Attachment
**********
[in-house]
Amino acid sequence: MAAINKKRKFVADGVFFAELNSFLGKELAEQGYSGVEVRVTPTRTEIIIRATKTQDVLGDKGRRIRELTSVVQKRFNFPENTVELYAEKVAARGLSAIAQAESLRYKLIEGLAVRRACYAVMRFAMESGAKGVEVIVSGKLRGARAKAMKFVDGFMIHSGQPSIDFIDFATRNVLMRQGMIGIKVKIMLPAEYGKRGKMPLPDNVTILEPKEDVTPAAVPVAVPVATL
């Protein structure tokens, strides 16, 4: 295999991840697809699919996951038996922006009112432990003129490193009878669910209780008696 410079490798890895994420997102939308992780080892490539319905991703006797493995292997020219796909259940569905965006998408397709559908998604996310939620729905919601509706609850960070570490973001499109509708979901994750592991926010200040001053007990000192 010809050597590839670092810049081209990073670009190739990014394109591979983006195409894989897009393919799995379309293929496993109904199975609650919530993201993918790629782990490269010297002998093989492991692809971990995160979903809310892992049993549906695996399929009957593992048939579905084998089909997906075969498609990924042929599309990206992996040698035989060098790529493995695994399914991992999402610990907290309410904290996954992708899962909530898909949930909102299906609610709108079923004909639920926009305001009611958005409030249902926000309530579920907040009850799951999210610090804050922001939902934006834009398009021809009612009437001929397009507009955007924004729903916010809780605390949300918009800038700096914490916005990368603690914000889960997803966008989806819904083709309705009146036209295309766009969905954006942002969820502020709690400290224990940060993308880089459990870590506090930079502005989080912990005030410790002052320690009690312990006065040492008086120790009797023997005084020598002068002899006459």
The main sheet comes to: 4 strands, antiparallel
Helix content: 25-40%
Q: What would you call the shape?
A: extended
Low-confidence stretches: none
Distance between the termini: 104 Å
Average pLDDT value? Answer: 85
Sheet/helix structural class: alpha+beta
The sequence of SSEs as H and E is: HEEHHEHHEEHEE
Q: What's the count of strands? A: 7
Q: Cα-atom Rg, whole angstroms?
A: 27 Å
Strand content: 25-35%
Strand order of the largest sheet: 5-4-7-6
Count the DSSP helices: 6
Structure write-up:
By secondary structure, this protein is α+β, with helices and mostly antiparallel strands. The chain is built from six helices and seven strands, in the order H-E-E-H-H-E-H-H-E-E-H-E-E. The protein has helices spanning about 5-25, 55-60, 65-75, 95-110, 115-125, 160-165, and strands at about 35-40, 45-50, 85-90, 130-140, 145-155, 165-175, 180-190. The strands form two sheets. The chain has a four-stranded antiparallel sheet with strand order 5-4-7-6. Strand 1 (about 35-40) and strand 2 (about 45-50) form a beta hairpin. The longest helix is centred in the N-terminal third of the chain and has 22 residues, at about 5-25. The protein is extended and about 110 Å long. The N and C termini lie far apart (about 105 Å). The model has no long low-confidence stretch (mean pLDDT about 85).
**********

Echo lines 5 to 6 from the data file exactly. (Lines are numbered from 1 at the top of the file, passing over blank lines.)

Helix content: 25-40%
Q: What would you call the shape?